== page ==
On Prescribing Mind Drugs

St Louis Post-Dispatch (MO), February 6, 1995 | Go to article overview
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On Prescribing Mind Drugs

Dear Open Mind: In your opinion, do you think medical doctors should be able to prescribe psychotropic or any mind-altering drugs?

Counselors, therapists and psychologists are not allowed by law to prescribe psychotropic or mind-altering drugs. Medical doctors, such as primary care physicians, treat patients early in their illness before complications have developed and so they are well suited to treat the depression and anxiety disorders which remain under-treated in the general population.

Only one in four individuals with these conditions are getting the help and treatment they need and deserve and depression in the over-65s is particularly undertreated.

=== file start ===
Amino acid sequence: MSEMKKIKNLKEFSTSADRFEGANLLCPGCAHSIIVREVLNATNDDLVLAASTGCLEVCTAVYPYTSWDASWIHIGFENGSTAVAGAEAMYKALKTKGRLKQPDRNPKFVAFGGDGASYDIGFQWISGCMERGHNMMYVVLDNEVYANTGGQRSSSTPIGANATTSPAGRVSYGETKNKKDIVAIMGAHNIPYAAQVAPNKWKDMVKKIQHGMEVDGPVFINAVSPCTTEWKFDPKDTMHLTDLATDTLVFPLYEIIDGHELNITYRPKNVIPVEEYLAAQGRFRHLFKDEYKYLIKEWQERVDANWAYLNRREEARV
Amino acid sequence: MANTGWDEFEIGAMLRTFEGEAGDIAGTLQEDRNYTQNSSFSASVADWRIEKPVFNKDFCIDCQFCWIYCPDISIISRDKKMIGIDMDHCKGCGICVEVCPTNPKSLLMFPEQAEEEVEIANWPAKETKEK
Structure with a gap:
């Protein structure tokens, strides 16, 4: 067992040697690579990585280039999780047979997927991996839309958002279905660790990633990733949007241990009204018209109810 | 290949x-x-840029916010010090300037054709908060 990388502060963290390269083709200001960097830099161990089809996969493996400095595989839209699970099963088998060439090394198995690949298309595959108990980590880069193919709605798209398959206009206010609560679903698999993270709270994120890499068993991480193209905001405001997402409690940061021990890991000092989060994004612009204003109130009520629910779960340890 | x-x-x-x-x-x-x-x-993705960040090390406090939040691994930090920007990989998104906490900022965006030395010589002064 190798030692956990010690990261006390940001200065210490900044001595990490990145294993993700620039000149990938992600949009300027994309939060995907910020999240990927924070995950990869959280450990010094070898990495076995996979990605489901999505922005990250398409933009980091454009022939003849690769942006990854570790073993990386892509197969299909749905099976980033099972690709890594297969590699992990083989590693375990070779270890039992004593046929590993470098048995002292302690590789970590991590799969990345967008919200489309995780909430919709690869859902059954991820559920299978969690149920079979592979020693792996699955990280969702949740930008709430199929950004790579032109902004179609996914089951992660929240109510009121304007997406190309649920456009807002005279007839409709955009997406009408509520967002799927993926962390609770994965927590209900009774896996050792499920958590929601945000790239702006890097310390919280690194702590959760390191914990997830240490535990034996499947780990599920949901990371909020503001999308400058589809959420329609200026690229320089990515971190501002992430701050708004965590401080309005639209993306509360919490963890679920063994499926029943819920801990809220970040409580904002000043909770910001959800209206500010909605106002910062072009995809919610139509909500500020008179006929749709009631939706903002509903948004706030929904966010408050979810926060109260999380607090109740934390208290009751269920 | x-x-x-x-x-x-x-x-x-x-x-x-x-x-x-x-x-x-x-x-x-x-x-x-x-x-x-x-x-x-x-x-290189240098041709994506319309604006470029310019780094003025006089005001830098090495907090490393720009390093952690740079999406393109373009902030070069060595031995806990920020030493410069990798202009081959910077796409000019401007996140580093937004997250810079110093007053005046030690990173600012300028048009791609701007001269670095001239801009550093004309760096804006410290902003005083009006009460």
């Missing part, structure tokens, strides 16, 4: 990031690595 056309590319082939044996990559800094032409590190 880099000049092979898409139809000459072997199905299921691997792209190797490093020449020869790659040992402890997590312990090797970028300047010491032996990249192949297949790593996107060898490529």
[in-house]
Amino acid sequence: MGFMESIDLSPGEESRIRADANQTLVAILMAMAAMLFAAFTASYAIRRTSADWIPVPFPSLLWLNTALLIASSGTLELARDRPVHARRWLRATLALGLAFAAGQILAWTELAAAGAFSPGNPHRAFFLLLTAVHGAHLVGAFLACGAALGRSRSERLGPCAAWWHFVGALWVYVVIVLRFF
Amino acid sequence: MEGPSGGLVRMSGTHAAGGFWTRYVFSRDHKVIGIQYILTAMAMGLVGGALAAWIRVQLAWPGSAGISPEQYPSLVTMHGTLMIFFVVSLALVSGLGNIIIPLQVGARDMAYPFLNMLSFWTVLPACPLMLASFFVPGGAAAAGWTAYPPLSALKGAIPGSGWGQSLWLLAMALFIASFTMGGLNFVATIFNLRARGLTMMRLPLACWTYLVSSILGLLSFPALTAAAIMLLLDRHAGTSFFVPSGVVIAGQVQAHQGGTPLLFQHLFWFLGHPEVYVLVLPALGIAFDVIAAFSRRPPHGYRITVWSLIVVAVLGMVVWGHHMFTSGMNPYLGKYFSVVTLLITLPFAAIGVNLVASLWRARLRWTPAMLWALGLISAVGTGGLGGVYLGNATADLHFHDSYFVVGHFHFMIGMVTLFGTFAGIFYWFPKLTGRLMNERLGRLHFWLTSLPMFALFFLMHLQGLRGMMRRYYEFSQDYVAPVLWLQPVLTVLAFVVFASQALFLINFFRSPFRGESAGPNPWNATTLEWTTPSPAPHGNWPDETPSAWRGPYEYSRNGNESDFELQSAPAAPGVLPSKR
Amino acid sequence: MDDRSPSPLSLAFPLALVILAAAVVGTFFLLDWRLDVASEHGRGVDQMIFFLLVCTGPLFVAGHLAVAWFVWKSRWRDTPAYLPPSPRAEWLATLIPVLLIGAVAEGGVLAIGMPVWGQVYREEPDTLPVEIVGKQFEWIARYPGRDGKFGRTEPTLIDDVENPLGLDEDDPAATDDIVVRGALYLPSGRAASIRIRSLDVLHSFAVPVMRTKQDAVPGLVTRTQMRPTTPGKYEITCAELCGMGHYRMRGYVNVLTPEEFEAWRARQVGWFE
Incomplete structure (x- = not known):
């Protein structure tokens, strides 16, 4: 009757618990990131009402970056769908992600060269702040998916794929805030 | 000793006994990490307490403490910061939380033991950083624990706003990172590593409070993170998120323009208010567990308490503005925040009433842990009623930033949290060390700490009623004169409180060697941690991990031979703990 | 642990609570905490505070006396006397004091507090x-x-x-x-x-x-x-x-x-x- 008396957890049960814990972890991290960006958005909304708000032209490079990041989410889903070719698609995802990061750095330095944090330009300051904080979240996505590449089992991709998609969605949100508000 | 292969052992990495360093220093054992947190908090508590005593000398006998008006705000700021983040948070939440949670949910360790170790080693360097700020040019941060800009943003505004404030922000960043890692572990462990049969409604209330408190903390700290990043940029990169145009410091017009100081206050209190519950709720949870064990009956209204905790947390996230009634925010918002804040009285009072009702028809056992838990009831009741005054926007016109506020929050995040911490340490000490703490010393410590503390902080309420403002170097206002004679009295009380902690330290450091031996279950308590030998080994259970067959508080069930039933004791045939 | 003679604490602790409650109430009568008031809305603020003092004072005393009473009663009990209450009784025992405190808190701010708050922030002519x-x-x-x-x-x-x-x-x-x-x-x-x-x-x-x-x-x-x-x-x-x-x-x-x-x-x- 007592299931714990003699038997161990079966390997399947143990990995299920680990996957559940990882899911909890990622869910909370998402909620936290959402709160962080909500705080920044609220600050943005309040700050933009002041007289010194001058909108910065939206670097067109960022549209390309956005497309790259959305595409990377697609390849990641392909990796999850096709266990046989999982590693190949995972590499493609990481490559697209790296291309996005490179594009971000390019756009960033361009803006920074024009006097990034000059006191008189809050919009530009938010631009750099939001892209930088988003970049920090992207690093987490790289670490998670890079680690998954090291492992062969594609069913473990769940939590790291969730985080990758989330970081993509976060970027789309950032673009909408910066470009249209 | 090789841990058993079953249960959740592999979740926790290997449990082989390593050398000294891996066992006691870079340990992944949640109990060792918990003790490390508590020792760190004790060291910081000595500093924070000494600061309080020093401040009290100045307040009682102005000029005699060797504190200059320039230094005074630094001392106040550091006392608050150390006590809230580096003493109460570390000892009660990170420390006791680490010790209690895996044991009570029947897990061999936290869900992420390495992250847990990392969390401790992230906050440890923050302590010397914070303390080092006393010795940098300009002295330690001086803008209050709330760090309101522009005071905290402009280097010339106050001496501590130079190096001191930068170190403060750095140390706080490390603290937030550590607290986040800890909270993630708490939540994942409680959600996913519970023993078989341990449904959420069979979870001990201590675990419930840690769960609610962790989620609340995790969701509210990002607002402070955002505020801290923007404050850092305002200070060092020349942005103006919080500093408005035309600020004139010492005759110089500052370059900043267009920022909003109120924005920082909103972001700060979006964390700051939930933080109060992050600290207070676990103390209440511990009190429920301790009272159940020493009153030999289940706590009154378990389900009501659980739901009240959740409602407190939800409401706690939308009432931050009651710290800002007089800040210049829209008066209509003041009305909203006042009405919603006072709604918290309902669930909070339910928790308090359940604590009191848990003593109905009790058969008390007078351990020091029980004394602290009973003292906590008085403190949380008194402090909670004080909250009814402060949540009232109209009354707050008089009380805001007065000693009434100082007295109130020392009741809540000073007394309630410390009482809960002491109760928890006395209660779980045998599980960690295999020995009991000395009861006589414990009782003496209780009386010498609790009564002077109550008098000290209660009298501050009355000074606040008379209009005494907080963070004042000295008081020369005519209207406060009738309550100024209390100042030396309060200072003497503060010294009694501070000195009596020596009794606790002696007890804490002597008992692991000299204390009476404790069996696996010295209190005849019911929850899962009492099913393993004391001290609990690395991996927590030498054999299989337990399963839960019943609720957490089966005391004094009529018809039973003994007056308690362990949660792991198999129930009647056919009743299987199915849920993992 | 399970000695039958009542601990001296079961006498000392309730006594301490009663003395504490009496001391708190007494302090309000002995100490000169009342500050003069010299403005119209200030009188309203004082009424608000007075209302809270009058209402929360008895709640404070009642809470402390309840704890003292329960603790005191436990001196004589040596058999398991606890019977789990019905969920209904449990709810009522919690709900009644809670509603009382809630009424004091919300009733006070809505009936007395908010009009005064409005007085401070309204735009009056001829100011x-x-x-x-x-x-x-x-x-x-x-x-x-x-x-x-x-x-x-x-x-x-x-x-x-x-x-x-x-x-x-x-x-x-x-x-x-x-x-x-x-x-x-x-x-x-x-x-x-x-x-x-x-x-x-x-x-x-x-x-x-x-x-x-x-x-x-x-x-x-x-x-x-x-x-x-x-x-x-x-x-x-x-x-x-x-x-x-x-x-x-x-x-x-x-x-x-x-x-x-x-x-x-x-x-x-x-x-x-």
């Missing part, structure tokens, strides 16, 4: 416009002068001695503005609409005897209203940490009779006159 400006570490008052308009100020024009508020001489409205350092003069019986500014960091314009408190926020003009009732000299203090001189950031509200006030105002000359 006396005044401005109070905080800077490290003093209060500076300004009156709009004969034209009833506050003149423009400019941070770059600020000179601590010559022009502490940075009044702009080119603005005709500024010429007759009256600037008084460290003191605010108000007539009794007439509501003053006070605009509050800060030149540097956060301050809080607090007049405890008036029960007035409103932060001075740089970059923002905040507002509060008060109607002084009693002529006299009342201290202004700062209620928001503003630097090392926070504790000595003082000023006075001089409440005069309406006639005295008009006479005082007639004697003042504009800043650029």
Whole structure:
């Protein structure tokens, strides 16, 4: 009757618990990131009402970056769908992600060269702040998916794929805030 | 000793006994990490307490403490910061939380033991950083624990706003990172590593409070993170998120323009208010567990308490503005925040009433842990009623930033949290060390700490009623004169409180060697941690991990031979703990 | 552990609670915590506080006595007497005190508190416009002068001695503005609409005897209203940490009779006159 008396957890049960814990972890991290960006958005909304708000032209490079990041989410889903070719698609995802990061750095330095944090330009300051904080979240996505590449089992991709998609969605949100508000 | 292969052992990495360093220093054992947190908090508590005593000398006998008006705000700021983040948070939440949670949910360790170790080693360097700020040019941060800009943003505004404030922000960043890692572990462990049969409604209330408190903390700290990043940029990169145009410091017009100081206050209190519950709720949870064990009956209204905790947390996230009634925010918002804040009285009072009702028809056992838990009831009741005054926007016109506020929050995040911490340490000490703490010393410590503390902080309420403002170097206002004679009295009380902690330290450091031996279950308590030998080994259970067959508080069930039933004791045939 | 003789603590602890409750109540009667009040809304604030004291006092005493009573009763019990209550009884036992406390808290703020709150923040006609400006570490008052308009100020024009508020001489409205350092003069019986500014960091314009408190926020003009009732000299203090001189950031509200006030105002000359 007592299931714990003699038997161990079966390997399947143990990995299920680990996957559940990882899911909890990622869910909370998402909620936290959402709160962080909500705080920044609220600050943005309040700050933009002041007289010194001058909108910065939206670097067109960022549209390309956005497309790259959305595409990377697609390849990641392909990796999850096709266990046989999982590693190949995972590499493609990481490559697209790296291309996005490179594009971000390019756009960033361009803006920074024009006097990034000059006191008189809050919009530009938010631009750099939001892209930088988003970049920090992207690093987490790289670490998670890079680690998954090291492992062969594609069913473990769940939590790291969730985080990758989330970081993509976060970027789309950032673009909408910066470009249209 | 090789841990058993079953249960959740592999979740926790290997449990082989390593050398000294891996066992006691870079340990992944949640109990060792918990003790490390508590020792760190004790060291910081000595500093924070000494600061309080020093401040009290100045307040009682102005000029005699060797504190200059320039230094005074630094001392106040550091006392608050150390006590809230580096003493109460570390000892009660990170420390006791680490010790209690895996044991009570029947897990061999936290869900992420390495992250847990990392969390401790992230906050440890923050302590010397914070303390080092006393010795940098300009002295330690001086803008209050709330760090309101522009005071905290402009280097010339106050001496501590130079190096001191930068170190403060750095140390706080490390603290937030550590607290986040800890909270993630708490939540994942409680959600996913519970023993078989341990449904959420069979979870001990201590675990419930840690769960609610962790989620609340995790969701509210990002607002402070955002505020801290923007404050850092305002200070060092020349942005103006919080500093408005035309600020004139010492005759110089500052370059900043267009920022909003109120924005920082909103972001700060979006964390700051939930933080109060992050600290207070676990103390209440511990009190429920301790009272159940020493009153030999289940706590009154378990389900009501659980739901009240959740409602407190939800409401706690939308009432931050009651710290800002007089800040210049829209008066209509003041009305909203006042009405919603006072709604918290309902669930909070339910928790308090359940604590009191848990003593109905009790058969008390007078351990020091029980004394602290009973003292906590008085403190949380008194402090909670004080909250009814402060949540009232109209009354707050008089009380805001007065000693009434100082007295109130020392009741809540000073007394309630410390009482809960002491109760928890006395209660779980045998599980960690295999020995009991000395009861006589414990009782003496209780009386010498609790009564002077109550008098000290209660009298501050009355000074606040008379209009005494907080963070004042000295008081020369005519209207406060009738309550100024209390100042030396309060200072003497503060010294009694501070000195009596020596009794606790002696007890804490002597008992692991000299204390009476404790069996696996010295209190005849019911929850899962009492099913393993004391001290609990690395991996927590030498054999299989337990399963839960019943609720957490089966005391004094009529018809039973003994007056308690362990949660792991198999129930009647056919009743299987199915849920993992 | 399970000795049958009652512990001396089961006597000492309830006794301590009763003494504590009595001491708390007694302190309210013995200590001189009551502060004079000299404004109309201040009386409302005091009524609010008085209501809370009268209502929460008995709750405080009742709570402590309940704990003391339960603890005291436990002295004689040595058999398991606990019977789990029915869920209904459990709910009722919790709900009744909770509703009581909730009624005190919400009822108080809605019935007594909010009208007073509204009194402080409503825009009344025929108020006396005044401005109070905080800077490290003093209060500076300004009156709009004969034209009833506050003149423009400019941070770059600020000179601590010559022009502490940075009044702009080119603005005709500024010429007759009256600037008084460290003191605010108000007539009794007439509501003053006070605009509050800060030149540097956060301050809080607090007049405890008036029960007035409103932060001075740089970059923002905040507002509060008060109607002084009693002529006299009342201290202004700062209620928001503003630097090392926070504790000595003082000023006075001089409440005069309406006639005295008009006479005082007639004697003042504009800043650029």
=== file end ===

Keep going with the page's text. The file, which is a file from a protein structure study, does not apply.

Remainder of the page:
Medical doctor specialists can treat patients who are reluctant to be referred to a psychiatrist because of stigma and the newer psychotropic drugs are easier to prescribe than before.

Through better education of both the public and the medical profession, the stigma of seeing a psychiatrist will become less and psychiatrists will be able to see patients with the more complicated and severe symptoms. John Waite, M.D. Board Certified Psychiatrist Medical Director, County Mental Health Services

Should "mind-altering drugs" be prescribed at all, and by which kind of physician? "Mind-altering drugs" implies a put-down. All psychiatric medications have a component that would be interpreted as mind altering, but then again cardiac drugs are heart altering and lung medicines will alter one's breathing capacity.

If one doesn't take it as a put-down sensation, then any drug we use in psychiatry can have a mind-altering effect, but we tend to think of those as beneficial, especially if it alleviates distress and discomfort.

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